Luol Deng

Luol Deng’s agent explains move to ex-rival Heat


LAS VEGAS — Ex-Bulls All-Star small forward Luol Deng’s decision to sign with his former rival, the Heat, might strike some as odd.

But his Chicago-based agent, Ron Shade, explained that perhaps the Heat’s knowledge of Deng’s game, makes Miami a surprisingly good fit, especially with the departure of league MVP LeBron James to Cleveland.

“I think Miami, obviously losing probably losing the greatest player in the game currently, their team is going to change a bit. The comfort that he had is when we sat down with (Heat president) Pat Riley and since we’ve talked to him, he’s said they know Lu. They’ve played against him. They’ve seen Lu at his best moments and his worst moments, and I think they understand that while Lu isn’t going to fill in for LeBron, Lu can step in and replace some of the things that LeBron did,” Shade told “They’re not looking for Lu to be LeBron. They’re looking for Lu to be Luol in LeBron’s place and that means they know Chris (Bosh) is going to have to be better, Dwyane (Wade) is going to have to be better and Lu can be better. I think that’s the main thing that they see, that the weight is going to be evenly distributed between those three guys and looking forward to the camaraderie that they can build. The truth of the matter is, they still can be a contender in the East.”

[RELATED: Doug McDermott drops 31 in Bulls’ latest summer league game]

Deng, who was also pursued by the likes of Washington, Dallas, Atlanta and Phoenix, was widely expected to garner a long-term contract of upward of $12 million, and after the Bulls traded him to the Cavaliers following his rejection of a three-year, $30-million contract offer in January, the South Sudan native accepting a two-year, $20-million deal — with a player option in the second year — could seem a bit curious, something Shade admits, though he presented the rationale in the situation.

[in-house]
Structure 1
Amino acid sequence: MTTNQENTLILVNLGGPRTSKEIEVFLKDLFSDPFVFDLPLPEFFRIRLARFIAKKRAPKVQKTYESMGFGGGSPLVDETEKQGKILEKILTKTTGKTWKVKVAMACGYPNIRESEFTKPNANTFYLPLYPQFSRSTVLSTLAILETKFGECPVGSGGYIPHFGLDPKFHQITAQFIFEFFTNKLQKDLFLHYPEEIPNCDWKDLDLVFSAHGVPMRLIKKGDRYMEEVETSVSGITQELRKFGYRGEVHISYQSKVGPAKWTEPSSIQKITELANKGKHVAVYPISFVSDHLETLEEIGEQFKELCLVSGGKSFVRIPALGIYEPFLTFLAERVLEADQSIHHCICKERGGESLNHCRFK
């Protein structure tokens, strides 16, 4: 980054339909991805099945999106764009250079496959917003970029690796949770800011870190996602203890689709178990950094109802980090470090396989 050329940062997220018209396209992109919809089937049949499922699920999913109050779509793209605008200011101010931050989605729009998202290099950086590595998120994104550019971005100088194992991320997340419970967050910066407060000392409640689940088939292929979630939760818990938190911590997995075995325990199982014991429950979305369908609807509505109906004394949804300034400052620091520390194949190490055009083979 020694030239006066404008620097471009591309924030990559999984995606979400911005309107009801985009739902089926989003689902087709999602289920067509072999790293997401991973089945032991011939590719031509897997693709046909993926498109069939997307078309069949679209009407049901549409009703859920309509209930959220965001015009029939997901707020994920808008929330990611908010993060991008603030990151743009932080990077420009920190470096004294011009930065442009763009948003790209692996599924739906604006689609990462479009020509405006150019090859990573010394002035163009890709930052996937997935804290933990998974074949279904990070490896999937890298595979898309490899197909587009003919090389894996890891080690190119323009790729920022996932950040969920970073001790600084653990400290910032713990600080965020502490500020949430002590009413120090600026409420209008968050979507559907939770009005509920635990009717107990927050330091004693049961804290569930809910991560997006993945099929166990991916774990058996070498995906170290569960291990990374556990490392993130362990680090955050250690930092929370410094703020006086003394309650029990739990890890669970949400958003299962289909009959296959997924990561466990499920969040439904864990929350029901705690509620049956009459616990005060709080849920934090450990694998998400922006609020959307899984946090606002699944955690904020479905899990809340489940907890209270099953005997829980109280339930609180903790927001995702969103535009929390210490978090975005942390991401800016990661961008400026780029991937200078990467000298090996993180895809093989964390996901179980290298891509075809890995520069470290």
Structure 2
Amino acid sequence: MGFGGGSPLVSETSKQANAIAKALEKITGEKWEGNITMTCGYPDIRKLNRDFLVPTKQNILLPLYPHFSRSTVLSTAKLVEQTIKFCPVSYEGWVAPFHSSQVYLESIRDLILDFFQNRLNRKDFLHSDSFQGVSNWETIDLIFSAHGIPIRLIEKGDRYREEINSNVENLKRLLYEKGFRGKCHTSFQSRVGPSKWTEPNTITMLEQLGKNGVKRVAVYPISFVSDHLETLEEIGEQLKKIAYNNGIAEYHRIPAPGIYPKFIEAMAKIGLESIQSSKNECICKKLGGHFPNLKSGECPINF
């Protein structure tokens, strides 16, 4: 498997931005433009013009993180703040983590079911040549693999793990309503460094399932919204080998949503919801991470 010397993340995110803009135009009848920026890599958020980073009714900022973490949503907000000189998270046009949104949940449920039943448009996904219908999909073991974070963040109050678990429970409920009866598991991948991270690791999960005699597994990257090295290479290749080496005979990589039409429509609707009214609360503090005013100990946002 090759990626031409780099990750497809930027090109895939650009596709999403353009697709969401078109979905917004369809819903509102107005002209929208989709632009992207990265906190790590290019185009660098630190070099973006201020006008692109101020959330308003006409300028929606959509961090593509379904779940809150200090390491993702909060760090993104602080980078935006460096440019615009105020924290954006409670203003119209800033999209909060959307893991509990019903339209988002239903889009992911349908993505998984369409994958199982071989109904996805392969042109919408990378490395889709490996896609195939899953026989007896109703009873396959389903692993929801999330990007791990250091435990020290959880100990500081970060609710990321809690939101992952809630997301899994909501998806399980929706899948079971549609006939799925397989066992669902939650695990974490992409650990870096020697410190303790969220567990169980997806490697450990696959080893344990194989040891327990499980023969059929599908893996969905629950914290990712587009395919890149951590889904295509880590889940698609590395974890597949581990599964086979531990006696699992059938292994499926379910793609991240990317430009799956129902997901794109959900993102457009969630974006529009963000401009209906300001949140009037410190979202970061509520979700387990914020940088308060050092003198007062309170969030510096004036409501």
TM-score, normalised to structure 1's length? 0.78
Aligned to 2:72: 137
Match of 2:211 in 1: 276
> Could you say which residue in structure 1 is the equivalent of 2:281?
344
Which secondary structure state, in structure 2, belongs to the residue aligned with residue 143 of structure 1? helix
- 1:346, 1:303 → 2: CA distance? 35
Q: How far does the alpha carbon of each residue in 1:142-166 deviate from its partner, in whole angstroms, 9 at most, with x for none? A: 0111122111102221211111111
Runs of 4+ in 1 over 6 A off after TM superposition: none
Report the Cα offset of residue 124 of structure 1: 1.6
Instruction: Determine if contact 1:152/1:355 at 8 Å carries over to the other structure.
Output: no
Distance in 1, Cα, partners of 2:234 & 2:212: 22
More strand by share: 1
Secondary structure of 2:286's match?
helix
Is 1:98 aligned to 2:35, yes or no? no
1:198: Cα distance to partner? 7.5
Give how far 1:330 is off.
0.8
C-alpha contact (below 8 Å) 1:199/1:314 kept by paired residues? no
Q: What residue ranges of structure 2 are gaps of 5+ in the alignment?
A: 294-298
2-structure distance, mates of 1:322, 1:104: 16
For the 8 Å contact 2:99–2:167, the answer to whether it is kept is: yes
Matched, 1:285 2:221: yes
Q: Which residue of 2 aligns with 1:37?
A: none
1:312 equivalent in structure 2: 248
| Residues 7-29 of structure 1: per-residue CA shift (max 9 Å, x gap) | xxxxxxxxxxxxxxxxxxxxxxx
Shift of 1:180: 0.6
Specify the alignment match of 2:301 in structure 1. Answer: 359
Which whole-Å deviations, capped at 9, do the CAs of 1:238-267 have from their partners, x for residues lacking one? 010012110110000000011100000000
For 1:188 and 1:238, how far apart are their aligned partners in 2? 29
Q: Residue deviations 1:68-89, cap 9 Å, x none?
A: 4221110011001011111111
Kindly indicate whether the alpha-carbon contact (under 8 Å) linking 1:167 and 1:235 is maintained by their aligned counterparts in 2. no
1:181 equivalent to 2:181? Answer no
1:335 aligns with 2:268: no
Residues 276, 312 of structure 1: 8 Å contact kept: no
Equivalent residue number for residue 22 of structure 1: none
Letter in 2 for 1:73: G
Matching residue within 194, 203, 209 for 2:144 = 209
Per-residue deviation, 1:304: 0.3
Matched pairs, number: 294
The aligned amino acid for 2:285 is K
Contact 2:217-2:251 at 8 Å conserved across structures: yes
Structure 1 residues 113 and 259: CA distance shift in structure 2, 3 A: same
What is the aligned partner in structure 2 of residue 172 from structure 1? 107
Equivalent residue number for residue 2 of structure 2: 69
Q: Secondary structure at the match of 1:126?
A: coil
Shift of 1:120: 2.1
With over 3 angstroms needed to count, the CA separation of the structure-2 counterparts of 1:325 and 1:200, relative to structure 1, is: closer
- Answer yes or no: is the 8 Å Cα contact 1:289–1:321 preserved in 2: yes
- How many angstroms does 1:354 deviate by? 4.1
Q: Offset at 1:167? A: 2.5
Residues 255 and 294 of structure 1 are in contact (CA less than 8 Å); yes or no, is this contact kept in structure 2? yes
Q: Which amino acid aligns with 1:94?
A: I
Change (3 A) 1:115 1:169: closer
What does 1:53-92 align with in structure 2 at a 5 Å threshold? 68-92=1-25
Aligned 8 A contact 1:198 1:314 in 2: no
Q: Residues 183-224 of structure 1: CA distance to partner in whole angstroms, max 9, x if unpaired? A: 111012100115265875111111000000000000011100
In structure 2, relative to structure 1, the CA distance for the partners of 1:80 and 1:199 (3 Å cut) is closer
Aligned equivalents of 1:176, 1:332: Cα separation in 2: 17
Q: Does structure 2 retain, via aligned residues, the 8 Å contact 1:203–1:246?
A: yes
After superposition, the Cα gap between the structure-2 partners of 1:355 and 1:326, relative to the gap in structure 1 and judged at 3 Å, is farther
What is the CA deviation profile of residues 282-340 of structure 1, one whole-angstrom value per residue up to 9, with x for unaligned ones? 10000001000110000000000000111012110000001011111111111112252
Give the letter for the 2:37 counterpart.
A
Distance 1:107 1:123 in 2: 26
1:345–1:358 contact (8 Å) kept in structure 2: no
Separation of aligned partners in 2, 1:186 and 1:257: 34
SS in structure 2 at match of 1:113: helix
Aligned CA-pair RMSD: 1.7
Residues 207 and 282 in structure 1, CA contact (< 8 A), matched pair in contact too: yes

“The whole process, it was strange. Nothing really happened the way we expected it to, and Lu being the professional that he was, he made the best out of every possible situation that he was put in. He didn’t want to rush through the process. He wanted to hear everything out and kind of look at every option, and look at the pros and cons of each option, and move forward from there,” Shade said. “The Bulls’ offer when he was traded to Cleveland, it was a take-it-or-leave-it offer. In this situation, we still had options. Luol had choices to make. He made them. He decided this, and at the end of the day, while it’s $10 million, there’s no state income tax. So maybe you gain about a million dollars in that. But at the same time, it gives him options. He’s a free agent at the end of this year, and it gives him the opportunity to play out a year healthy, to play out a year in a situation where he can be highlighted. So what’s in the past is in the past. The Bulls’ offer is the Bulls’ offer. Whether it’s good, bad or indifferent, at that time, we didn’t feel it was the right offer to accept for Lu and right now he’s happy with the decisions that he’s made, and he knows it’s going to be great to help him further his career.”

[MORE on Bulls from CSN Chicago and Aggrey Sam]

Report: Jrue Holiday’s wife, Lauren Holiday, undergoes successful brain surgery

NEW ORLEANS, LA - OCTOBER 31:  Jrue Holiday #11 of the New Orleans Pelicans handles the ball during a game against the Golden State Warriors at the Smoothie King Center on October 31, 2015 in New Orleans, Louisiana. NOTE TO USER: User expressly acknowledges and agrees that, by downloading and or using this photograph, User is consenting to the terms and conditions of the Getty Images License Agreement.  (Photo by Stacy Revere/Getty Images)
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Pelicans point guard Jrue Holiday is away from the team as his wife, Lauren Holiday, battles a brain tumor.

First, Lauren gave birth to a healthy daughter.

Now, more good news.

John Reid of The Times-Picayune:

Hopefully, the Holidays continue to find good health.

Sixers coach Brett Brown says he expects Ben Simmons back in January

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A Jones fracture — the broken bone in the foot that Philadelphia rookie Ben Simmons recently has surgery to repair — is difficult to put on a recovery timeline. That part of the foot (the outside of the foot closer to the ankle) does not get good blood flow and that can slow recovery. Plus with a prized rookie, the Sixers have a history of being cautious — and Simmons’ agent may want to be even more cautious.

But Brett Brown, the Sixers coach, said he expects Simmons back on the court in January.

Here is what he told Keith Pompey of the Philadelphia Inquirer.

On Friday, coach Brett Brown confirmed that the first overall pick is scheduled to return in January. League sources previously said that Simmons would be out for three months.

“It’s not doom and gloom,” Brown said when asked when asked how his team is adjusting to its various injuries at the moment. “Ben is coming back in January. We are still trying to find information on Jerryd [Bayless]. Jahlil [Okafor] is still trying to touch the court in his first preseason game.”